A wide ranging and confusing Congressional hearing on March 2 tackled the subject of "Global Internet Freedom." It was a tour de force of information technology (IT) and enterprise software buzzwords du jour. Cloud, ecosystem, open, hosting provider and many more not well defined terms--the most important of which is "Internet company"--were thrown around with various meanings.
What is an "Internet company?" Whatever it is, apparently some legislators want to regulate them.
Among diverse subjects such as pornography in China, an Italian court's February 2010 conviction of Google (GOOG) executives and seemingly conflating hacking and censorship, the most disturbing idea from the hearing seems to be U.S. Senator Richard Durbin's feeling that the U.S. Congress should pass a law forcing Facebook, Twitter, Skype and others to join an industry trade group called the Global Network Initiative (GNI). Microsoft (MSFT), Google and Yahoo (YHOO) are members. The other companies mentioned above don't seem to want to devote their shareholders' resources to this somewhat duplicative group despite Mr. Durbin's position.
In fact, based on testimony from a GNI founder, Senator Durbin has sent a "threatening" (my opinion) letter to the non-joiners. McAfee (MFE) was skewered by Durbin for not showing up at the hearing after initially saying it would testify. The GNI founder feels you as an investor should not invest in companies such as McAfee because they don't belong to GNI.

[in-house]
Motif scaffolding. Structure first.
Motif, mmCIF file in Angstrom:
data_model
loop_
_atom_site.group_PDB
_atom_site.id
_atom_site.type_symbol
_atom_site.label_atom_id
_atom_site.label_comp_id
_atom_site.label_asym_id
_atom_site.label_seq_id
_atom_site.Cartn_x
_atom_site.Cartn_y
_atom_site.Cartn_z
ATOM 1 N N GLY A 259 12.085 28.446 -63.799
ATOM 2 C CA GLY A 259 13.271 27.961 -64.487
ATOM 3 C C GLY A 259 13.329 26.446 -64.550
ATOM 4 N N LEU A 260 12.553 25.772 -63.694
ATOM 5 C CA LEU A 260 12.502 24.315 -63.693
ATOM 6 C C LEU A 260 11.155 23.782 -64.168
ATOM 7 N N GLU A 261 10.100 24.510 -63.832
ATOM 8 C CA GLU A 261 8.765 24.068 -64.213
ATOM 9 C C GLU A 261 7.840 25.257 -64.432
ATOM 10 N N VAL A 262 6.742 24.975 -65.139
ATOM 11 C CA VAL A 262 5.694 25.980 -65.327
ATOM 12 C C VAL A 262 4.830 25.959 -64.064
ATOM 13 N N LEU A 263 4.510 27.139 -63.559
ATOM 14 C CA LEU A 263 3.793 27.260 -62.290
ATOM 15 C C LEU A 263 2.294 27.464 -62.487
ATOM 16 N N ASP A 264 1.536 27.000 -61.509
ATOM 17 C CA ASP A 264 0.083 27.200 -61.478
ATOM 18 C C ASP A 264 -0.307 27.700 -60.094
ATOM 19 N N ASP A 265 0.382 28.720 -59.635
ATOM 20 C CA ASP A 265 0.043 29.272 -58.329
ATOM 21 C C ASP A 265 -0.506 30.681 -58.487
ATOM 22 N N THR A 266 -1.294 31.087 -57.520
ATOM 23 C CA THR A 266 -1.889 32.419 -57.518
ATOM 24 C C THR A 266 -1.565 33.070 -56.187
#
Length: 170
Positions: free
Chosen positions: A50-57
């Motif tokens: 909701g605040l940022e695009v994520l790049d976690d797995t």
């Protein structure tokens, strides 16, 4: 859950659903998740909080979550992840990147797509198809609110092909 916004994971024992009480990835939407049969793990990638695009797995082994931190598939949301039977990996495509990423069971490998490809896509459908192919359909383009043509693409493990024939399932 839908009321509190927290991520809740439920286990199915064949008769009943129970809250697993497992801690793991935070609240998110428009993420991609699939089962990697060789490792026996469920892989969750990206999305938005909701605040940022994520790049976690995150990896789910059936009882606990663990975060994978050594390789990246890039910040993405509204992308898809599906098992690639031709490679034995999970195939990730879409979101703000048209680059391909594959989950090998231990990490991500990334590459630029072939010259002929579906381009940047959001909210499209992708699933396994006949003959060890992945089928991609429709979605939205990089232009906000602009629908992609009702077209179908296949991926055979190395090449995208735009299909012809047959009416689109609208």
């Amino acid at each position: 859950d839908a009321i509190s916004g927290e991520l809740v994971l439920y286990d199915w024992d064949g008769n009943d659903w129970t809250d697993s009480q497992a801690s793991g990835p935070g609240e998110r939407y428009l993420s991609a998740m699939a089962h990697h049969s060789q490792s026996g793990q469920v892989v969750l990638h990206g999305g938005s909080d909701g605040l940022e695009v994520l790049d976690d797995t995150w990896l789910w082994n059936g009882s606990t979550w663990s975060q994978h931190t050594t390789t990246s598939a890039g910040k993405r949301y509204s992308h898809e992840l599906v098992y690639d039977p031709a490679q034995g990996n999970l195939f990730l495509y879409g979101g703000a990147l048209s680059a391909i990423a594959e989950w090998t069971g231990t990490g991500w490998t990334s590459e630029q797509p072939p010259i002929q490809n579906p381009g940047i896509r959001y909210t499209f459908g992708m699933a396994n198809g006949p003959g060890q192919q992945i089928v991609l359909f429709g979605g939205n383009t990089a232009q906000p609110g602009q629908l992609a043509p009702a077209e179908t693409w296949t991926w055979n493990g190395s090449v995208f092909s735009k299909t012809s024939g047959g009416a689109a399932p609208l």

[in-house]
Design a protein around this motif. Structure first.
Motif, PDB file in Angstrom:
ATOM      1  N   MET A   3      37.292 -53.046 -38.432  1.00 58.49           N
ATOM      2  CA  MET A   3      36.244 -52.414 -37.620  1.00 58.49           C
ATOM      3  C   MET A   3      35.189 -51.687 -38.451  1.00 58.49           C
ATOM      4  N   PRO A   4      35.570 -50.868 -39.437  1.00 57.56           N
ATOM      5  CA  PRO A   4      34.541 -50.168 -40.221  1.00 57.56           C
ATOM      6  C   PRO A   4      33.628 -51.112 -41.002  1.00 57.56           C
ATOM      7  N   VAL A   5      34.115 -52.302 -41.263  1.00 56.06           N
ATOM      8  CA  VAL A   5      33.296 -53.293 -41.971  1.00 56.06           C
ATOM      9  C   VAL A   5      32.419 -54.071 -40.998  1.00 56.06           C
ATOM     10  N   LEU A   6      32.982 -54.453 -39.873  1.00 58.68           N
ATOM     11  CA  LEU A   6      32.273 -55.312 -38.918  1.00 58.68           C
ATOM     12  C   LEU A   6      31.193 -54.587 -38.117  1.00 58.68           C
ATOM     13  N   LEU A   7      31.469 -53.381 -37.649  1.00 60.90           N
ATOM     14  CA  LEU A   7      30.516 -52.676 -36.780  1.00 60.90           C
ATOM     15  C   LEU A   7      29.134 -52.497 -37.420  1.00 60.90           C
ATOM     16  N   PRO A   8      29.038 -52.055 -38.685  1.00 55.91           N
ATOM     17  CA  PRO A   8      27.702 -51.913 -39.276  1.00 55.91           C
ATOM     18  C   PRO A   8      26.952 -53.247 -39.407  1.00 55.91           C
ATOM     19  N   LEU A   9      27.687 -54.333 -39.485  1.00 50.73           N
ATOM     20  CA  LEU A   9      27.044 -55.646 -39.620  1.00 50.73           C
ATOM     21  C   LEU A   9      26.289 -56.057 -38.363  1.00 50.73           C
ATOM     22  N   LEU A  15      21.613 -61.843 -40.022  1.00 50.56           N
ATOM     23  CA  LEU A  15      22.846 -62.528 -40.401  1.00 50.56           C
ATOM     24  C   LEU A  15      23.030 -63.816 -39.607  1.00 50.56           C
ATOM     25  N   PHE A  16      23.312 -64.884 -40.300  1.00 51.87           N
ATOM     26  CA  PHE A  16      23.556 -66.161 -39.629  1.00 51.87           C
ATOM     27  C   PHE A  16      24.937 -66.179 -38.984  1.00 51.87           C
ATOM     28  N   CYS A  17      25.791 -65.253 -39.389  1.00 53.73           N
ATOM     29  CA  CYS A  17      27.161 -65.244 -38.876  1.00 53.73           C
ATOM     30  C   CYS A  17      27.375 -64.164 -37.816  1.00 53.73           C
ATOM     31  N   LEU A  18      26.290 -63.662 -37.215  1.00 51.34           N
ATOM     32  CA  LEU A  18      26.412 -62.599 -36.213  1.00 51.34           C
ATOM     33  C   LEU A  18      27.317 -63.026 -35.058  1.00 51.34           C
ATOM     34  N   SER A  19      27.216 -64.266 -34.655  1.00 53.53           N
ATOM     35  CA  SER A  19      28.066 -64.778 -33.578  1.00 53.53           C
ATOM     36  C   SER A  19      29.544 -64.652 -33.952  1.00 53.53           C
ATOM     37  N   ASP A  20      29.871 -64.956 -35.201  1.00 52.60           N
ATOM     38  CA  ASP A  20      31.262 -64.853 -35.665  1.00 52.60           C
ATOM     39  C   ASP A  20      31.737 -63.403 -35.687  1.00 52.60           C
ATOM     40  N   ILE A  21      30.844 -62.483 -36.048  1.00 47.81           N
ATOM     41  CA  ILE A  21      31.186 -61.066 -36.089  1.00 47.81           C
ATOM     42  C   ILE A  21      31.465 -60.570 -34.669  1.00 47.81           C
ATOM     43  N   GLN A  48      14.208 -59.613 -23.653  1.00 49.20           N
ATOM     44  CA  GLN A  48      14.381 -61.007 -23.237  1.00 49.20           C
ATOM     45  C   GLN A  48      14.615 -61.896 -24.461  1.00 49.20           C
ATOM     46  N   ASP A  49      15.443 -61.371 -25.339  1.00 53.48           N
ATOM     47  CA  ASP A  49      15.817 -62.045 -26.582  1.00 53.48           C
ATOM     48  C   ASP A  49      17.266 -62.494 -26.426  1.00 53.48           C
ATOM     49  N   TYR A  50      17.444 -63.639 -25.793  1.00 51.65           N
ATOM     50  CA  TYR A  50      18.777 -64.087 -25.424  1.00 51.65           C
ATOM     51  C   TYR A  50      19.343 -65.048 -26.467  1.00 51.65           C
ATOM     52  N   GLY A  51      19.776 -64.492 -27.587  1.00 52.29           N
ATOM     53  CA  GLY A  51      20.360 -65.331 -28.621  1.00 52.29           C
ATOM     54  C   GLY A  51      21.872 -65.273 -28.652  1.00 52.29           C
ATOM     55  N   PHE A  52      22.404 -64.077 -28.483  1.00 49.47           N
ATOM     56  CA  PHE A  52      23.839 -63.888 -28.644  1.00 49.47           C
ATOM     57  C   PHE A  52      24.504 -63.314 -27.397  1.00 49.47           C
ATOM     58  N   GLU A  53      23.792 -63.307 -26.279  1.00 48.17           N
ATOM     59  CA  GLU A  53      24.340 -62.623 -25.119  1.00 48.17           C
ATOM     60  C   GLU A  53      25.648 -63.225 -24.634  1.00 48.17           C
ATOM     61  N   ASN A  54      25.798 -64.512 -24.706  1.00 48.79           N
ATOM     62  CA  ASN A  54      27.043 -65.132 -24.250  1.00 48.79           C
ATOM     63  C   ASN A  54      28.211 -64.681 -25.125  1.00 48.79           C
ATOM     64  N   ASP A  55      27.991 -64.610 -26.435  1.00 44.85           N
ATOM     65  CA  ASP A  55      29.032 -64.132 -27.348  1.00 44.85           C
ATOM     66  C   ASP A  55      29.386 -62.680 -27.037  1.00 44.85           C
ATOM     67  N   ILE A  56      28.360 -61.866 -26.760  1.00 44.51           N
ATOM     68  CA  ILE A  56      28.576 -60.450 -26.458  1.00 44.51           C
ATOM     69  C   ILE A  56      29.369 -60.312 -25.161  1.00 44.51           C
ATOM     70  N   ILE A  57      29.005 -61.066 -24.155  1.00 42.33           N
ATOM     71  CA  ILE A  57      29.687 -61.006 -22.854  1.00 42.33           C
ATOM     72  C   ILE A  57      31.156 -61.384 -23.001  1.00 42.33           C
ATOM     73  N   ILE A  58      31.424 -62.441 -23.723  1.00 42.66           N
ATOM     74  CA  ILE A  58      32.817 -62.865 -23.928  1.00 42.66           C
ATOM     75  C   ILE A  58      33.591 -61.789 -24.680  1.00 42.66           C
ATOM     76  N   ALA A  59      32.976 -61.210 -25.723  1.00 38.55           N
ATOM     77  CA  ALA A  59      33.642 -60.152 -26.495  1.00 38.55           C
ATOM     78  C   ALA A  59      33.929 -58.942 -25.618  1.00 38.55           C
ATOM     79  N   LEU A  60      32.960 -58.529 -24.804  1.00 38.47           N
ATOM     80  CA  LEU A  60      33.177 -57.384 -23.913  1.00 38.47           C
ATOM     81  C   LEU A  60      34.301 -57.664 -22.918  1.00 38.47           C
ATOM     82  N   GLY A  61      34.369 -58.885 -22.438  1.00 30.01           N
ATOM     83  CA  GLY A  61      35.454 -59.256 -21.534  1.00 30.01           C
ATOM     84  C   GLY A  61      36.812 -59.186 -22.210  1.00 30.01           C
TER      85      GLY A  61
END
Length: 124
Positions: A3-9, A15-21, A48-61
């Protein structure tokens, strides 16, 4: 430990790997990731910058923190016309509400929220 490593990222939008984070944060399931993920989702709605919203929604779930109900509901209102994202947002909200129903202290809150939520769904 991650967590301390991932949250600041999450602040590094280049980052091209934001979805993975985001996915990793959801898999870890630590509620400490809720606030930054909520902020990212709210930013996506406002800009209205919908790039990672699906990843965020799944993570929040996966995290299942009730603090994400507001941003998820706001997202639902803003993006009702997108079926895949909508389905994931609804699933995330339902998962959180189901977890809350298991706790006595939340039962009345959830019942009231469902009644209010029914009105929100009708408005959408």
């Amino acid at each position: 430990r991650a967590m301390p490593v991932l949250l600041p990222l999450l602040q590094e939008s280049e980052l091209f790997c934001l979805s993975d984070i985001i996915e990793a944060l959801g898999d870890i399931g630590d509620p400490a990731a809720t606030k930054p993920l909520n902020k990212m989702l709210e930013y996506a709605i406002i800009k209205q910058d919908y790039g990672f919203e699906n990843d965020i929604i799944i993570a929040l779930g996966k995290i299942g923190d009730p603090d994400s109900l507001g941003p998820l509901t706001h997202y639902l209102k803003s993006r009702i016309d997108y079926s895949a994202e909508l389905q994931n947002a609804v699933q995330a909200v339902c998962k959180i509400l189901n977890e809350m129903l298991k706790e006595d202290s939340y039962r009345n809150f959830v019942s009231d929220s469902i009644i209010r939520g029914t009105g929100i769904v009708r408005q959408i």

Another senator, former comedy writer Al Franken, who based his pre-hearing research on a Mad magazine serial known as Spy vs. Spy, also criticized Microsoft and Yahoo for not doing enough (of what is unclear) even though they belong to the GNI. Franken specifically called out Microsoft founder Bill Gates about Gates' opinion of Chinese censorship.
Another highlight of the hearing was that I learned that Youtube was banned in Turkey, which means I guess that they don't know about the overweight woman in Barnstable who keeps popping up on my screen because she lost 45 pounds by eating cherries.
I have written in the past that software has no nationality. Either does the Internet (depending on how you think about the facts that it was invented under contract to the U.S Department of Defense, made more open up by a scientist at the Swiss research facility CERN, and made more intuitive by work at NSCA at Urbana).
(NOTE: An Iranian dissident on the panel said a couple of times that Yahoo was not a member of GNI but according to the GNI web site Yahoo is a member.)
-- Dennis Byron